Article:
Each year the nonprofit Clifton Cultural Arts Center sponsors a juried exhibition. The first-place winner receives a Golden Ticket, redeemable for a solo exhibition. Last year Ct King nabbed it and cashed it in for “Ct King: Dangerous Little Strangers.”
This year’s Golden Ticket is not as shiny as in the past because of the COVID-19 pandemic. King’s opening on July 24, 2020, was by RSVP only, and only 25 viewers were allowed in the gallery at a time. Appointments were required to visit the gallery during the run of the show, which closed on August 21, 2020. This was all unfortunate as it was an exhibition well worth seeing.
In “Dangerous Little Strangers,” who are these “strangers”? Are they foreigners or aliens? Are they “strange” in unsettling ways? They are all women, some beautiful, others grotesque. It might appear that King is a misogynist when he is anything but. His women are fierce and powerful, courageous and strong. They have what the artist calls a “bad ass attitude.”
They live in “Ct Carnivaland” that’s been described as “whimsically creepy with undertones of an underground urban landscape.” Where is Ct Carnivaland? Here and there. Anywhere and everywhere. It’s another place, another planet, another galaxy. It’s in the past, the present, the future. Ct Carnivaland slips fluidly through time and space.
“Dangerous Little Strangers” features a new body of work by King who was born in 1973: “Femme Fatales reconstruction.” They are “spies and assassins that infiltrate and dominate Ct Carnivaland.” I interpreted “reconstruction” to be akin to Picasso’s Cubist women, but instead of rearranged features, King’s changes are superficial, even cosmetic, which is an observation not a criticism.
The faces of King’s “Femme Fatales” and the earlier series “Lost Women” are clipped from fashion magazines. Some of the stunners (he favors sloe-eyed beauties with half-smiles) are essentially untouched, but others he’s reconstructed: “whitewashing” the faces, turning their lips into slashes of crimson, giving them mouthfuls of tiny decayed and broken teeth.
King’s women engage you, daring you to look away, whether they are gorgeous or monstrous. Their heavily mascaraed eyes that are never altered mesmerize you, seduce you, entice an unsuspecting you to their beds to extract your secrets. And when they succeed, they knife you (more intimate than a gun) or leave you abandoned and disoriented in Ct Carnivaland.
When I made my first circuit of “Dangerous Little Strangers,” my impression was that I was surrounded by a congregation of ghoulish women. But here and there were some faces, more than I thought, that were quite lovely, barely touched, such as in Canary Trap. Here an exquisite woman wears a transparent mercurochrome-colored Lone Ranger-style mask. Her penetrating gaze is fixed on the viewer.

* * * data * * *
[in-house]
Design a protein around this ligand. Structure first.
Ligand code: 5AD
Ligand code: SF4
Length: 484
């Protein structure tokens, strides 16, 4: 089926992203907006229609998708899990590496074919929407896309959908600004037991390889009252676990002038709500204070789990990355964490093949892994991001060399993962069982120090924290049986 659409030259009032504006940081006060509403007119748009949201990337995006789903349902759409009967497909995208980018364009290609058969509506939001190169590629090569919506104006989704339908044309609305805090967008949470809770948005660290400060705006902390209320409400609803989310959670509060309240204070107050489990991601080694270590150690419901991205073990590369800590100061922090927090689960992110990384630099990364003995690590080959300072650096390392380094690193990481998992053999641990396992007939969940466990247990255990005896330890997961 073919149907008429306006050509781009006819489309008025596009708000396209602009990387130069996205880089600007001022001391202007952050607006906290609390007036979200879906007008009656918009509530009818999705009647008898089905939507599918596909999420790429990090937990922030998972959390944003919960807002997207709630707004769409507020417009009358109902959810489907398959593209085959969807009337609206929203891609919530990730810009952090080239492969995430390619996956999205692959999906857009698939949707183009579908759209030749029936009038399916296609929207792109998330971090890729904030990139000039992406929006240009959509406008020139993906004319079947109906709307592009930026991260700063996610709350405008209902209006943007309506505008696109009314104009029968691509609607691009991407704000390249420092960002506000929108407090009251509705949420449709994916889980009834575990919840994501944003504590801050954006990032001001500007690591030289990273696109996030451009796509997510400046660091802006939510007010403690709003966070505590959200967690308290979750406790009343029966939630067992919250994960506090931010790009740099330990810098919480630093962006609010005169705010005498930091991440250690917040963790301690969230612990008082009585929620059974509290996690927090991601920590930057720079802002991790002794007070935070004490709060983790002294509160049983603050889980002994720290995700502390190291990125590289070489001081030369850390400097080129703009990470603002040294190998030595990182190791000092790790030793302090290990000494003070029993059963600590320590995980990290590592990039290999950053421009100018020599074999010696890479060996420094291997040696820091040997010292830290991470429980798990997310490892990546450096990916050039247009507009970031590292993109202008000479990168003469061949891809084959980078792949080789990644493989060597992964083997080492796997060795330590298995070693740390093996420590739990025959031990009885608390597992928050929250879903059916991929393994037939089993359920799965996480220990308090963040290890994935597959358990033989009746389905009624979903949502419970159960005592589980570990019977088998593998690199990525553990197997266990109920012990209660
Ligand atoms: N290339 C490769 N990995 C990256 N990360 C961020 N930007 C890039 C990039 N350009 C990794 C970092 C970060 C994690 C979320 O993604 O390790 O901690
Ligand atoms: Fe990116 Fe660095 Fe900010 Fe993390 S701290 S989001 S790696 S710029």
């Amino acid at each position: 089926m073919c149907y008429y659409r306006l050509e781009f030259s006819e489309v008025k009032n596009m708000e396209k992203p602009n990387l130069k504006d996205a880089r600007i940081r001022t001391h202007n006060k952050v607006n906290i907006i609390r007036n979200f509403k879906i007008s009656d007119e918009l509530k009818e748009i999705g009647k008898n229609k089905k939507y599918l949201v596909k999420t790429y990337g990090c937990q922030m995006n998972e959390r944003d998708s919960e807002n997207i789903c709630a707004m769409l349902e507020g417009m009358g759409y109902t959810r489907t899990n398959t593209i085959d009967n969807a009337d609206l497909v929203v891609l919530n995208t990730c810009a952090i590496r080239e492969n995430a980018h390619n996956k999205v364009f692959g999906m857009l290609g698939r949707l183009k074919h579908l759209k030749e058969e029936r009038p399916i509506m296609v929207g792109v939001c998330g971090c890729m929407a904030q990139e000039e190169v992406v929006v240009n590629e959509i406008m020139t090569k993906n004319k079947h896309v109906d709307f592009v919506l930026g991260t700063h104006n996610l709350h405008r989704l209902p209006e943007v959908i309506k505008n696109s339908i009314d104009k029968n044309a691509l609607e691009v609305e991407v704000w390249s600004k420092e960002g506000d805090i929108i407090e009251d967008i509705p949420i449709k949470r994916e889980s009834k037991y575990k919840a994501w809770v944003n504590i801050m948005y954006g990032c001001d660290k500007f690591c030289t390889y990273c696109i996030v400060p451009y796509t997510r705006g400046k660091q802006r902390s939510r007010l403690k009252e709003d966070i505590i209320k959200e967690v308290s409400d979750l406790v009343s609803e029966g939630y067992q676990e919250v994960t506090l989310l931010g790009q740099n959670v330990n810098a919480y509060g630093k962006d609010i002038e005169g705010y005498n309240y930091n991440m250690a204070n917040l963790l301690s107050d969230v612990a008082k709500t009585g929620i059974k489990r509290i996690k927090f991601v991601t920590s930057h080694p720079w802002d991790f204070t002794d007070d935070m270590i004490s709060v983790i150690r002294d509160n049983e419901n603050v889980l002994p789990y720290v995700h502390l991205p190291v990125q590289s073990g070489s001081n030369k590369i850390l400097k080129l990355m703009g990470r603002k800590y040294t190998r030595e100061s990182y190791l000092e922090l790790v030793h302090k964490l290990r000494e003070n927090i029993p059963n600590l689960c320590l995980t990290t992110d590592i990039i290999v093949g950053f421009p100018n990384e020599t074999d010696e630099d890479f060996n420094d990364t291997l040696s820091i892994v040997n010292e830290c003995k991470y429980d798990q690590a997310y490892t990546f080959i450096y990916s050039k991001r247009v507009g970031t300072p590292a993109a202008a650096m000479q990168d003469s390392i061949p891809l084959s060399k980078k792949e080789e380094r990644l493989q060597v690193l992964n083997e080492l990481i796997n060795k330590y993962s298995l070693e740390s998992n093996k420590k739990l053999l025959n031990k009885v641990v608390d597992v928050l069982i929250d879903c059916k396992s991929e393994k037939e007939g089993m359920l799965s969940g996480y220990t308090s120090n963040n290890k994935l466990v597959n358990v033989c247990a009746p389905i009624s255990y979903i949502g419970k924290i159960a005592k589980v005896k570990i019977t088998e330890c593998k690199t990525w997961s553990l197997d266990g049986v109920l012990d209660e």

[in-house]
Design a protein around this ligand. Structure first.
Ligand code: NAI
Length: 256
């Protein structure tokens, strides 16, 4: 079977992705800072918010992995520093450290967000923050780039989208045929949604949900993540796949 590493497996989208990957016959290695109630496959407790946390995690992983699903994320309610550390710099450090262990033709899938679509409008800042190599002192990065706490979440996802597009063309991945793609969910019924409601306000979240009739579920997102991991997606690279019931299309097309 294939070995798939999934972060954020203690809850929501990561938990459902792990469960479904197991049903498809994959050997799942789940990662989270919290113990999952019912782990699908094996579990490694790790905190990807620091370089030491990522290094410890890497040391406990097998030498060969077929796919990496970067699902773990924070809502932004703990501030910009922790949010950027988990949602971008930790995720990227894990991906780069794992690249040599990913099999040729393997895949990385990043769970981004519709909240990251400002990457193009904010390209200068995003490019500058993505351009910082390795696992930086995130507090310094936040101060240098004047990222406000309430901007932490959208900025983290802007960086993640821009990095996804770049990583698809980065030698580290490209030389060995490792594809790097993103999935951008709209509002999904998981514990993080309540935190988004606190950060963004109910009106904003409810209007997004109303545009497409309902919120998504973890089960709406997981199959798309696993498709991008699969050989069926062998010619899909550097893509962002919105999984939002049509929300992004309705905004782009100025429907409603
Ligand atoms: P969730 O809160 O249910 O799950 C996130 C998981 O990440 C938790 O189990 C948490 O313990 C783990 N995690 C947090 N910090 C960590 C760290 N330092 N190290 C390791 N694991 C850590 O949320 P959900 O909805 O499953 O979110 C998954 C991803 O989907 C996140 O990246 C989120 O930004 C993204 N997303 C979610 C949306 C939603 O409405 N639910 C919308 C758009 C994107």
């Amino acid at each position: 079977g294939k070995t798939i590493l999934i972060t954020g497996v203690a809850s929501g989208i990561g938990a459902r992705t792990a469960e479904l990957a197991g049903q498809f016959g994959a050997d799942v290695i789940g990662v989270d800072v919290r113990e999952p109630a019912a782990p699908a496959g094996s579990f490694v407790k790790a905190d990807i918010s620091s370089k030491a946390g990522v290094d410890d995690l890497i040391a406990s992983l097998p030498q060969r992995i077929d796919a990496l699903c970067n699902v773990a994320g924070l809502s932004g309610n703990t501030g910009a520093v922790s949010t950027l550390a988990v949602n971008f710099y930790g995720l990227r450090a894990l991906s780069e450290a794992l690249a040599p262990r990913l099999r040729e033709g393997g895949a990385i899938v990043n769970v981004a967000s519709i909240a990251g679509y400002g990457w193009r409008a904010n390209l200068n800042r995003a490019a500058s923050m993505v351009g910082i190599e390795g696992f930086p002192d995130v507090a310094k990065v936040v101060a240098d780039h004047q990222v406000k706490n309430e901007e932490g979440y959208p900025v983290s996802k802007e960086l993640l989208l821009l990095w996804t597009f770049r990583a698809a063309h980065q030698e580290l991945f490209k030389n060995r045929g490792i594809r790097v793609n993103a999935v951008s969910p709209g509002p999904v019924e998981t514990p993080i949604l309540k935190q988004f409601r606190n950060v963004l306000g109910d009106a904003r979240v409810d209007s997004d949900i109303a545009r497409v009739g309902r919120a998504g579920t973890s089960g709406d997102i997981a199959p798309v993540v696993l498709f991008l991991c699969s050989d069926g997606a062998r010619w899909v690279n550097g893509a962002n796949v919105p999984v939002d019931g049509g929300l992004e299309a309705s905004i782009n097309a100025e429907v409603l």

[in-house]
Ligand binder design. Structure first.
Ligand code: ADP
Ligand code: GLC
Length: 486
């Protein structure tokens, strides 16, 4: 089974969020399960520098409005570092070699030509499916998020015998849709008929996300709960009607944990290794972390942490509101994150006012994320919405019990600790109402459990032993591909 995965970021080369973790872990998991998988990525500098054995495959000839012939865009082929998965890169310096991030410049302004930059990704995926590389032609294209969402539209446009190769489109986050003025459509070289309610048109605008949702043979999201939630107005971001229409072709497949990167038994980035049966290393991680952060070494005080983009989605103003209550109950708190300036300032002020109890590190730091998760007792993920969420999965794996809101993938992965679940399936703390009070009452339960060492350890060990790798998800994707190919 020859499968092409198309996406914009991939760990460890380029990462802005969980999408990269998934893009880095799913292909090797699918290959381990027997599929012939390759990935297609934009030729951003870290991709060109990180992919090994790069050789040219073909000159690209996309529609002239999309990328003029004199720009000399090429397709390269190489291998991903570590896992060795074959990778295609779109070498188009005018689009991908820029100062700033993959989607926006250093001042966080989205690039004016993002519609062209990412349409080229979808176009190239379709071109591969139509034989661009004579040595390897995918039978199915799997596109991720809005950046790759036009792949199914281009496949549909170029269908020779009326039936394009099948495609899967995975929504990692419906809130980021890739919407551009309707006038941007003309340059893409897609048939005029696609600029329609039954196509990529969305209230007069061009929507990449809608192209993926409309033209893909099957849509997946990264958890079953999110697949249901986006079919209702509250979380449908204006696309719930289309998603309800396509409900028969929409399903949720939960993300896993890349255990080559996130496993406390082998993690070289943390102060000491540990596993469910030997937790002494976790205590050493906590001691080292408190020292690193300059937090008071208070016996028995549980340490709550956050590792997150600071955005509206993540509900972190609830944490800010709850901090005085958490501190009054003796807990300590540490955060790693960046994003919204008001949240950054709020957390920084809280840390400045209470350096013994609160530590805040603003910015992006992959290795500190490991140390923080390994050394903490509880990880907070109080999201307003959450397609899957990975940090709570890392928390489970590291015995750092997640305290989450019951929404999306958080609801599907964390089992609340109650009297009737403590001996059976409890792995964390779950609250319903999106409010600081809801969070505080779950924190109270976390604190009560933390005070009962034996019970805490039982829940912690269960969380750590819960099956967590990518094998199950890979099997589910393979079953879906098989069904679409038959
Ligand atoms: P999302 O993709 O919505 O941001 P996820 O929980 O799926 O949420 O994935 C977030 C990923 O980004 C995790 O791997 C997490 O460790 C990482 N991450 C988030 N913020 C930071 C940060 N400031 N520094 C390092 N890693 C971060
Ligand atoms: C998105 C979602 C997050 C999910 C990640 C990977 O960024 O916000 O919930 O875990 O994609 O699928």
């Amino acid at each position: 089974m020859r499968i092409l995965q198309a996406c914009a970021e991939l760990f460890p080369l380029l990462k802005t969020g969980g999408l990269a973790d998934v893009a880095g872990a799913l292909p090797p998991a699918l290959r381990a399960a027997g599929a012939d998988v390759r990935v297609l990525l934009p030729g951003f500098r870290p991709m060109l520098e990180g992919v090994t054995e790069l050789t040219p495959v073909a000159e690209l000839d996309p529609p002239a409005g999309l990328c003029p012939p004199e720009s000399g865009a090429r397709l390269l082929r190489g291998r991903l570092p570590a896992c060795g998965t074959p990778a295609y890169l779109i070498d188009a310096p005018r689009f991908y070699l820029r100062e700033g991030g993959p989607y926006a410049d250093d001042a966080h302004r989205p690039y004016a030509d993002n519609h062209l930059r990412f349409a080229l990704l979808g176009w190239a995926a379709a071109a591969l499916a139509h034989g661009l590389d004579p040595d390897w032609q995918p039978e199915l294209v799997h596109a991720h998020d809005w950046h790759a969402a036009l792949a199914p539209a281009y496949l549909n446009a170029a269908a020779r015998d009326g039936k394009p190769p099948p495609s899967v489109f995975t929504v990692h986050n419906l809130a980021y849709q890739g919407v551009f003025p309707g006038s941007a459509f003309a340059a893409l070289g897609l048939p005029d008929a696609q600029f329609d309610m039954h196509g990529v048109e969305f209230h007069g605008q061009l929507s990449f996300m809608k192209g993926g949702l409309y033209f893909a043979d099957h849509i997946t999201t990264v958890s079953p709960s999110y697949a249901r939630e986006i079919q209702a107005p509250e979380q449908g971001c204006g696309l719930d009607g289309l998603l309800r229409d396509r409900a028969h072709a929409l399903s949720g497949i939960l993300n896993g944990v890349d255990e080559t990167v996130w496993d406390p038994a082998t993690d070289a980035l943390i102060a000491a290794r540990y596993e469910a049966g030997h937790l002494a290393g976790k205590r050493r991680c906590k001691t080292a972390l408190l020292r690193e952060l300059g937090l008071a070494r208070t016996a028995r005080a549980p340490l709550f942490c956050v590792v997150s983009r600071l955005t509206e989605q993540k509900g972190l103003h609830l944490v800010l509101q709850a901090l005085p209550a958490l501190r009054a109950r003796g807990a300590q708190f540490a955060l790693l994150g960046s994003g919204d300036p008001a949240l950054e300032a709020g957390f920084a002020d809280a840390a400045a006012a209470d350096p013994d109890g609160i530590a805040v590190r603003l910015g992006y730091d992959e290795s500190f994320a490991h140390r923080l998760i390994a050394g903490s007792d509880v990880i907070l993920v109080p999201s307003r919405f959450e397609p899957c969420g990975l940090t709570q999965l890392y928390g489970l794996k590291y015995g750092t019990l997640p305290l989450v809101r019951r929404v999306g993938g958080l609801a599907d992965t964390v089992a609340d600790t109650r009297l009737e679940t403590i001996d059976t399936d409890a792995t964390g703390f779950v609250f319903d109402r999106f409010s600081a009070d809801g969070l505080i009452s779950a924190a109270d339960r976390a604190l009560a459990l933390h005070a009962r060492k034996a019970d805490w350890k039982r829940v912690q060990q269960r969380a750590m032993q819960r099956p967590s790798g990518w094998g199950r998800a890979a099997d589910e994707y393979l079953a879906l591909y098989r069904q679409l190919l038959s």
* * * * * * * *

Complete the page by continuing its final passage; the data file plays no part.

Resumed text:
Running beneath her is a band of revelers, white-faced with lumps of coal for eyes. An orchestra on the left provides music for a female performer doing a stiff-armed, Egyptian-like dance. On the right the audience is dressed to the nines except for a figure wearing a horizontally striped, black-and-white sweater or jersey. Is he an escaped prisoner or a French sailor? What does this affectless woman have to do with a cabaret scene from the 1930s in Weimar Germany? As always King leaves the answer to you.
In Tea w/ Mum, a glam 1970s mater wears an elaborately ruffled gown and genteelly sips coffee from a clear cup/mug; a plate of bonbons is in easy reach on the settee. This static vignette is the backdrop for her grownup daughter who’s popped up like Jill in the Box. On the frontal plane, her oversized head dominates the composition. A watch, just behind her head, says 10 after 10, but we don’t know whether it’s AM or PM. In any case, she’s turned to the viewer, apparently saying, “Come on. We’re late.”
The artist is obsessed with teeth, pointing out how much they tell about a person. Think about that when you meet someone new.
King’s splendid creatures don’t open their mouths but his bizarre beings belong on posters in a dentist’s office as “before” photos.
It’s natural that King would present his vision of A Tooth Fairy. He’s given her elfin ears, translucent wings, a pixie haircut, and a molar on a leather thong around her neck. Her lips disappear, revealing a mouthful of teeth crying out for an orthodontist.
The background is a newspaper article about a robbery. That reinforces the artist’s idea that the fairy is a thief. She comes to steal children’s baby teeth, placed hopefully under their pillows. But they wake with the tooth gone (maybe into the fairy’s own mouth) and disappointed that the fairy has left no reward, which is, by the way, $3.70 on average in the US, according to Visa.
Lost Girls , the center panel of a triptych of the same name, is dominated by a dark-haired, pouty-faced beauty; her triceps and biceps are toned like Michelle Obama arms. She’s pushed her head forward to engage anyone who dare challenge her. She radiates power and is the protector of her tribe, the disembodied faces on either side of her.
Paladin #1 and #2 are by her side, loyal lieutenants, knights who have pledged their liege to her.
King’s images are haunting, whether the women are dazzling or horrific. I don’t know what I fear most: being unable to sleep or afraid to sleep because of the nightmares that are sure to come.
–Karen S. Chambers
“Ct King: Dangerous Little Strangers,” closed August 21, 2020. Clifton Cultural Arts Center, 2728 Short Vine, Cincinnati, OH 45219. (513) 497-2860, [email protected]. By appointment. Free.